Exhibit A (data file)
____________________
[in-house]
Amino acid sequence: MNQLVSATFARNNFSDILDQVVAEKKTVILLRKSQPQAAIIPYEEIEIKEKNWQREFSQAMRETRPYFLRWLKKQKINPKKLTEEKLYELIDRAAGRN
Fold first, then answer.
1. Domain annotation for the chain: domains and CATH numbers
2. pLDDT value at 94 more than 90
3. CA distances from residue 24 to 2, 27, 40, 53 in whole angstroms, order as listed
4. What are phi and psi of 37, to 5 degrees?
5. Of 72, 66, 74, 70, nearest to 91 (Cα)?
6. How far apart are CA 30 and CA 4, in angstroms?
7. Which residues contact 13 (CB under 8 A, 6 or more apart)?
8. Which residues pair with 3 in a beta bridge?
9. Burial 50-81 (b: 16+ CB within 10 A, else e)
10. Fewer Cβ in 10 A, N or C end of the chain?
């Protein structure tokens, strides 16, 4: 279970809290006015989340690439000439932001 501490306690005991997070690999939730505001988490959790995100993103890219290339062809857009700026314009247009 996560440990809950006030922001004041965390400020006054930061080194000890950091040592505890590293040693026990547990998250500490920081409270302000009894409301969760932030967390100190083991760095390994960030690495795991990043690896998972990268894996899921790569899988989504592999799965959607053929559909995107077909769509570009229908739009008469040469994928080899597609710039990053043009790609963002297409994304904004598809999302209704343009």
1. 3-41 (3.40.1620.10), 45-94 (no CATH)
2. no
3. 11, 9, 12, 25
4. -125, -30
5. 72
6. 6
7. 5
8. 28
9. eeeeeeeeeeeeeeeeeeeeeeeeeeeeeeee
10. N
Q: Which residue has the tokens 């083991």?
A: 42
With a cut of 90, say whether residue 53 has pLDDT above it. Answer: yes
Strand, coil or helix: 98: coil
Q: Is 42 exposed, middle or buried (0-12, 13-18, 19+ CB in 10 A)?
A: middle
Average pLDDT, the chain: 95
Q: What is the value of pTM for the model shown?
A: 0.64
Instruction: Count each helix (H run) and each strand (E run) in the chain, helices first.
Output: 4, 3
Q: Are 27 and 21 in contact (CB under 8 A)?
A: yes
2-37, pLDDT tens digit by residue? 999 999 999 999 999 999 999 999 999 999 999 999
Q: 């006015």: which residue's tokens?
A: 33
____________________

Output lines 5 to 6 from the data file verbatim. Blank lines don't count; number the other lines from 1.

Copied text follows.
2. pLDDT value at 94 more than 90
3. CA distances from residue 24 to 2, 27, 40, 53 in whole angstroms, order as listed